Loup Ventures

About the Author Loup Ventures

At Loup Ventures, research is in our blood. The spirit of our team has always lived on the curiosity to discover new insights that yield investment opportunities. For years we did this on Wall Street, focused on public tech companies. Now we invest in private frontier tech companies, but public companies like Tesla, Nvidia, and others are also meaningful innovators in frontier tech. These public companies are shaping the emergence of AI, robotics, autonomous vehicles, and AR/VR just as much as early stage startups. As a result, we’ve always kept a watchful eye on public market participants to inform our private investment strategy. Gene Munster is a managing partner and co-founder at Loup Ventures. Prior to Loup Ventures, Gene was a managing director and senior research analyst at Piper Jaffray where he covered technology companies including Apple, Amazon, Google and Facebook. During his 21-year tenure, Gene received many acknowledgements including: Top Stock Picker from Forbes, Best on the Street from The Wall Street Journal, and was widely recognized for his work on Apple. Gene holds a bachelor’s degree in finance and entrepreneurship from University of St. Thomas.

Apple (AAPL) Slowly Assembling Approach to Autonomy with Drive.ai


By Gene Munster

Apple (AAPL) has confirmed an Axios report that they have acquired autonomy startup Drive.ai. Apple has hired “dozens” of Drive.ai hardware and software engineers and will receive some intellectual property and hard assets, including vehicles. Drive.ai, which has been seeking a buyer for months and recently laid off 90 engineers, was valued at over $200M in its most recent round of funding. We believe the acquisition price will be less than $35M.

M&A in the Self-driving Space To Continue

Apple continues to strategically acquire frontier tech companies. The company has the culture and the balance sheet to think and invest for the long-term, so they are able to advantageously acquire companies that cannot do the same but have talent, IP, and expertise that is valuable.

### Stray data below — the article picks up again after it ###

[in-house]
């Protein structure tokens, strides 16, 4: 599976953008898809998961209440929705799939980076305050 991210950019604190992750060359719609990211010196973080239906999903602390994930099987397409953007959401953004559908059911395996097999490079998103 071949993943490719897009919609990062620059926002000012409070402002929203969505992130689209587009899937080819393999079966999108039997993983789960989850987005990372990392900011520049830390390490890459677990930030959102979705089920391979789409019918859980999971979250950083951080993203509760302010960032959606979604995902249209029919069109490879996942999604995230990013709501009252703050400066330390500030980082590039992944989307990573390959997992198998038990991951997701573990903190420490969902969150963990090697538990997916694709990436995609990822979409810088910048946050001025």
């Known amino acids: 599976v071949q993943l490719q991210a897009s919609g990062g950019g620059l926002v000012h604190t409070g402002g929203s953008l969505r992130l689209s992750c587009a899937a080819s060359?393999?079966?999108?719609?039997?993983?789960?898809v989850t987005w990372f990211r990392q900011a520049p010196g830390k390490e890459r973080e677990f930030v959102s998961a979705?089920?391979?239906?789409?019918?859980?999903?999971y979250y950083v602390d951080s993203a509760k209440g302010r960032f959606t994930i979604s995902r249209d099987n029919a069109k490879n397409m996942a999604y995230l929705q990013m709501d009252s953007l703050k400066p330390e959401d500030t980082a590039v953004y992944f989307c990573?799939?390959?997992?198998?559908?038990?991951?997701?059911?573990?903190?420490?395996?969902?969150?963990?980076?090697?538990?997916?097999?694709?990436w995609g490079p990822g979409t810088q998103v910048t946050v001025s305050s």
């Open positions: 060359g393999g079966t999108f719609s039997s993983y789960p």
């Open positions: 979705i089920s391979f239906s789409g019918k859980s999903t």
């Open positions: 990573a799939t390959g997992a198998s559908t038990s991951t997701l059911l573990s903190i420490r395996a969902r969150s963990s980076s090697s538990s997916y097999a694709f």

The acquisition also points to the broader trend of consolidation that we’re seeing among self-driving startups. This is evidenced by Drive.ai, once considered among the industry’s leaders, selling at a discount. We expect this trend, along with downward pressure on startup valuations, to continue as timelines to commercialization and revenue are pushed out. The dozens of companies working on autonomous transport will not all survive in the long run; however, talented engineers in the space will remain valuable, so we anticipate more acqui-hires.

Apple’s Growing Interest in Autonomy

The Drive.ai acquisition is further evidence of Apple’s persistent and growing interest in autonomy. While it is still too early to draw any conclusions, we think the most likely approach for Apple will be to license an autonomy and services stack to existing auto manufacturers. In our minds, the Drive.ai deal suggests that “Apple is still serious about autonomy” far more than it suggests that “Apple is two years away from launching a branded car.”

The transportation theme is at the very front end of significant disruption and one of only a few sectors large enough to have a measurable impact on a company the size of Apple. While Apple’s autonomy project is still five-plus years away from generating any revenue, we think the size of the opportunity and Apple’s careful positioning are being underappreciated by investors.

Disclaimer: We actively write about the themes in which we invest or may invest: virtual reality, augmented reality, artificial intelligence, and robotics. From time to time, we may write about companies that are in our portfolio. As managers of the portfolio, we may earn carried interest, management fees or other compensation from such portfolio. 

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